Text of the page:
DALLAS -- A major problem facing the wholesaler-supplied sector of retailing has formed around the issue of retail coverage, specifically the declining ability of suppliers to provide a full range of services to the retailers, according to John R. Block, president of Food Distributors International.
Block's observation came during his president's report at FDI's Annual Business Conference Partners Program here earlier this month. He said that because of mounting concerns about retail coverage, FDI has commissioned a major study on the topic to be executed by the Partnering Group. Results are to be presented at next year's meeting, to be March 5 to 8 in Atlanta.
"Over the years, supermarket operators have relied on suppliers and brokers to carry out planograms, set shelves and maintain them," Block observed. "It has helped with labor costs.
"As companies move to cut costs, the condition of store shelves is deteriorating. It's a serious problem and one of potential serious conflict. It's not just suppliers. They're our friends and they do a great job. It's everyone involved in the process.
"And, truthfully, retailers need to understand that their wholesalers can provide a lot of help in this area. I'm not talking about the physical part of setting shelves. I'm talking about providing sound category management and merchandising plans that, if implemented, can boost profits."
But, he said, retailers are sometimes loath to take advantage of such programs, even if they are made available by wholesalers.
"Why is there a lack of acceptance of such programs? Why won't independent retailers implement them?" Block asked. "Because all too often wholesalers don't recognize the everyday problems that take place at store level. Some retailers consider category management as just so much pie in the sky.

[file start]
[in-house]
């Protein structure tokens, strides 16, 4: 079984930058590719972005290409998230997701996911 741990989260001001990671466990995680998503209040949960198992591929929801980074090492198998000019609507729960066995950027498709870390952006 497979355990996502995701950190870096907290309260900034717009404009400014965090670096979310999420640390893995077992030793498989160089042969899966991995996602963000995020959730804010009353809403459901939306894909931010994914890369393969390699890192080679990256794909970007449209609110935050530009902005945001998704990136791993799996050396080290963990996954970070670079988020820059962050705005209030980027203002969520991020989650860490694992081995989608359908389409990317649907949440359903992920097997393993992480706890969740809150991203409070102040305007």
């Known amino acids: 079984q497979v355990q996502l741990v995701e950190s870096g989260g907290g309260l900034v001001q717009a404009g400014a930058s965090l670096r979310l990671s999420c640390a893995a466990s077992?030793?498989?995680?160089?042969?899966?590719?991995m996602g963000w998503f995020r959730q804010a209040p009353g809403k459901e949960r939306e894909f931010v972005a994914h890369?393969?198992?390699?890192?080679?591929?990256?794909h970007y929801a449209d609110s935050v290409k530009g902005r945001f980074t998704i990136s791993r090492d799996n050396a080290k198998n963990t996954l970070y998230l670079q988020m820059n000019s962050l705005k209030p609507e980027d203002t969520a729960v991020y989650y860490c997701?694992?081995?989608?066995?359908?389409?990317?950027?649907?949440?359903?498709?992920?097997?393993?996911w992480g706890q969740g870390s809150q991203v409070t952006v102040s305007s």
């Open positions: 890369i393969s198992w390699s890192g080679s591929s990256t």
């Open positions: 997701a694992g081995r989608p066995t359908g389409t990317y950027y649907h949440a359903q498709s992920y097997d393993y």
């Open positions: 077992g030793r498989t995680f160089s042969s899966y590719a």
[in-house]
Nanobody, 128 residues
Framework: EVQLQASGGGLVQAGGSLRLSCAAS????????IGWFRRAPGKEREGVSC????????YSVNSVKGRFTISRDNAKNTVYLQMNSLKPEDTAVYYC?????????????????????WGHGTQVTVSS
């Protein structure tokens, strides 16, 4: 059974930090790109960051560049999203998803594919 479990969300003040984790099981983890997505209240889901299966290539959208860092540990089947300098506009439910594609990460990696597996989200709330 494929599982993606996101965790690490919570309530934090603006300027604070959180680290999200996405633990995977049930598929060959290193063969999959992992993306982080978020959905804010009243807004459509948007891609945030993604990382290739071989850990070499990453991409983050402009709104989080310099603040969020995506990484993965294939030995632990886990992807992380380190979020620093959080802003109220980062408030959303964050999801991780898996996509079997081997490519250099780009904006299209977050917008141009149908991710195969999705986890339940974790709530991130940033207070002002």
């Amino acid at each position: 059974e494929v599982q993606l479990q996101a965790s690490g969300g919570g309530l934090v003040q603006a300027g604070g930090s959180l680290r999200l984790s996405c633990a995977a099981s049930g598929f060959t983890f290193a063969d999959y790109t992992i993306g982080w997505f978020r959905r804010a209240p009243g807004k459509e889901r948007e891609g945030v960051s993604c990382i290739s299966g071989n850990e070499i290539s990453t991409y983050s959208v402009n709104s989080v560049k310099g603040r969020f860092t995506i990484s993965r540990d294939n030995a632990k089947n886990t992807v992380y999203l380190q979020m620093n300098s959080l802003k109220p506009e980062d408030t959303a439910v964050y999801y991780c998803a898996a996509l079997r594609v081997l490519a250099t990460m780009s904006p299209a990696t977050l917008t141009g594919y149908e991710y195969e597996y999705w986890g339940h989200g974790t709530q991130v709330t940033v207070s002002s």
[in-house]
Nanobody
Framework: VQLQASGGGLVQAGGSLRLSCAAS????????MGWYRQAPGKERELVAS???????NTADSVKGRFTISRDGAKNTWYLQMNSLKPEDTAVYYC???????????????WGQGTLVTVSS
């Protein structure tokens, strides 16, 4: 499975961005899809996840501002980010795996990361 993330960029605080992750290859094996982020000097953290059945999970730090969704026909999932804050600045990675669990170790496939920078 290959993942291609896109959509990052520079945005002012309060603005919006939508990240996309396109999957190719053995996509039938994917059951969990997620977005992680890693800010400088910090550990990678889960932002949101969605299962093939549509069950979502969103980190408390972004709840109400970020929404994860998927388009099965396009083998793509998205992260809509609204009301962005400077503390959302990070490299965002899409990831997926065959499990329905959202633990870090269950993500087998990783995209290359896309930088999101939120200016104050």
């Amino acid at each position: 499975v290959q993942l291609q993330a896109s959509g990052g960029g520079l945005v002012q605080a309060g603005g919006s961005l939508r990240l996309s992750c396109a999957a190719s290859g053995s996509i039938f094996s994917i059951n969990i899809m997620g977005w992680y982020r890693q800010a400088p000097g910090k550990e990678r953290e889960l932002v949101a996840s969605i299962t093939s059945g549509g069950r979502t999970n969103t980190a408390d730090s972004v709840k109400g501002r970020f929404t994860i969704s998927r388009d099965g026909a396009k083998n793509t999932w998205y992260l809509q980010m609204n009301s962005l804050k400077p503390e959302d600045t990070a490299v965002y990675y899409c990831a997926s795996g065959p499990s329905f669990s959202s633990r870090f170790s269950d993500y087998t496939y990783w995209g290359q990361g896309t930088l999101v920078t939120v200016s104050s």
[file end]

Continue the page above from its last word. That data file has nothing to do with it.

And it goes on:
"So there needs to be better understanding on path parts. Retailers and wholesalers need to talk to each other, get rid of suspicion and work together."
Indeed, later in his talk Block asserted that his outlook on trade relations is that they are improving but that the wholesaler-retailer relationship needs some work.
"My perspective [on trade relations] is that relations between suppliers and distributors have improved some, but that things could be a lot better between wholesalers and their retail customers.
"We should be shocked that it has to be said. We can pretend it's not true, but we all know better. Now is the time to do something about it."
At the same session, talks by Robert Emmons, FDI chairman, and William Mouskondis, International Foodservice Distributors Association chairman, were presented. FDI and IFDA, related associations, are based in Falls Church, Va.
Emmons said the "Strategies 2005" report about the future of wholesaling, described in last week's SN, was augmented by information gathered last year that focused on food-service unsalables, electronic data interchange and backhaul.
Moreover, the earlier "Food Service 2005" study is to be updated and project a view to 2010.
Referring to the food-service project, Mouskondis told the audience that it's a "huge undertaking [which will] require substantial funding assistance, but the result will be of significant benefit for IFDA members and trading partners."